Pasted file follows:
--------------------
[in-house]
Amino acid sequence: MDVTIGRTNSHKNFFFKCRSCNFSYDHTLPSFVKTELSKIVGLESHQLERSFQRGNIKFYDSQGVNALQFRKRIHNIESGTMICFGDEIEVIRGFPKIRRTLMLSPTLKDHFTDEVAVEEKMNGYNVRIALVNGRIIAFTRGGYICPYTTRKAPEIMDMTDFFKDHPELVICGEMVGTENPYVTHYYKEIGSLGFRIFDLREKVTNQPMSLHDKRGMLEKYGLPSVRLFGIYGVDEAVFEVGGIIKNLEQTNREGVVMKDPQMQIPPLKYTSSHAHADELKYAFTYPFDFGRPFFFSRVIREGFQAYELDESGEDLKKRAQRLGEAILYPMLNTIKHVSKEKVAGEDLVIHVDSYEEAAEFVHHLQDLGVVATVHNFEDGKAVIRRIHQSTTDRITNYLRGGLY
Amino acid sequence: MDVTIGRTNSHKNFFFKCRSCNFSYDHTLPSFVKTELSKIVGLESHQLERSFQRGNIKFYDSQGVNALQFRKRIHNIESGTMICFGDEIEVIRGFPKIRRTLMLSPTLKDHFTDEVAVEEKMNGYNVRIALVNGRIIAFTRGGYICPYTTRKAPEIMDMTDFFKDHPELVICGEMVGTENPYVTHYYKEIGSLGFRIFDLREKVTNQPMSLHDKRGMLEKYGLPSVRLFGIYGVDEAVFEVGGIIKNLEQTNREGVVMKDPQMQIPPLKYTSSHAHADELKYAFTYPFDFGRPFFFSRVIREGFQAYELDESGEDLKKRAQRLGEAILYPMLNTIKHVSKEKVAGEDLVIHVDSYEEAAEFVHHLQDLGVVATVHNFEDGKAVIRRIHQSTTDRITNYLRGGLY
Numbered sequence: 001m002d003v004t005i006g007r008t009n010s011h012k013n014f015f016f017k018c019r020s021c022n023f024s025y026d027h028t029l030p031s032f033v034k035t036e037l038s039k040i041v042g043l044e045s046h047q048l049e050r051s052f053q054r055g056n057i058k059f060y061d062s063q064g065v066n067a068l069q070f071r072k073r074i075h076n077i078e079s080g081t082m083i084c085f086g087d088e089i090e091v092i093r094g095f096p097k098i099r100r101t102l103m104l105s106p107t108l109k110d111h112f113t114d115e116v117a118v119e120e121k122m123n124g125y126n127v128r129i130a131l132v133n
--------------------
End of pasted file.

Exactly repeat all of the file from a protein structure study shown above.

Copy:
[in-house]
Amino acid sequence: MDVTIGRTNSHKNFFFKCRSCNFSYDHTLPSFVKTELSKIVGLESHQLERSFQRGNIKFYDSQGVNALQFRKRIHNIESGTMICFGDEIEVIRGFPKIRRTLMLSPTLKDHFTDEVAVEEKMNGYNVRIALVNGRIIAFTRGGYICPYTTRKAPEIMDMTDFFKDHPELVICGEMVGTENPYVTHYYKEIGSLGFRIFDLREKVTNQPMSLHDKRGMLEKYGLPSVRLFGIYGVDEAVFEVGGIIKNLEQTNREGVVMKDPQMQIPPLKYTSSHAHADELKYAFTYPFDFGRPFFFSRVIREGFQAYELDESGEDLKKRAQRLGEAILYPMLNTIKHVSKEKVAGEDLVIHVDSYEEAAEFVHHLQDLGVVATVHNFEDGKAVIRRIHQSTTDRITNYLRGGLY
Amino acid sequence: MDVTIGRTNSHKNFFFKCRSCNFSYDHTLPSFVKTELSKIVGLESHQLERSFQRGNIKFYDSQGVNALQFRKRIHNIESGTMICFGDEIEVIRGFPKIRRTLMLSPTLKDHFTDEVAVEEKMNGYNVRIALVNGRIIAFTRGGYICPYTTRKAPEIMDMTDFFKDHPELVICGEMVGTENPYVTHYYKEIGSLGFRIFDLREKVTNQPMSLHDKRGMLEKYGLPSVRLFGIYGVDEAVFEVGGIIKNLEQTNREGVVMKDPQMQIPPLKYTSSHAHADELKYAFTYPFDFGRPFFFSRVIREGFQAYELDESGEDLKKRAQRLGEAILYPMLNTIKHVSKEKVAGEDLVIHVDSYEEAAEFVHHLQDLGVVATVHNFEDGKAVIRRIHQSTTDRITNYLRGGLY
Numbered sequence: 001m002d003v004t005i006g007r008t009n010s011h012k013n014f015f016f017k018c019r020s021c022n023f024s025y026d027h028t029l030p031s032f033v034k035t036e037l038s039k040i041v042g043l044e045s046h047q048l049e050r051s052f053q054r055g056n057i058k059f060y061d062s063q064g065v066n067a068l069q070f071r072k073r074i075h076n077i078e079s080g081t082m083i084c085f086g087d088e089i090e091v092i093r094g095f096p097k098i099r100r101t102l103m104l105s106p107t108l109k110d111h112f113t114d115e116v117a118v119e120e121k122m123n124g125y126n127v128r129i130a131l132v133n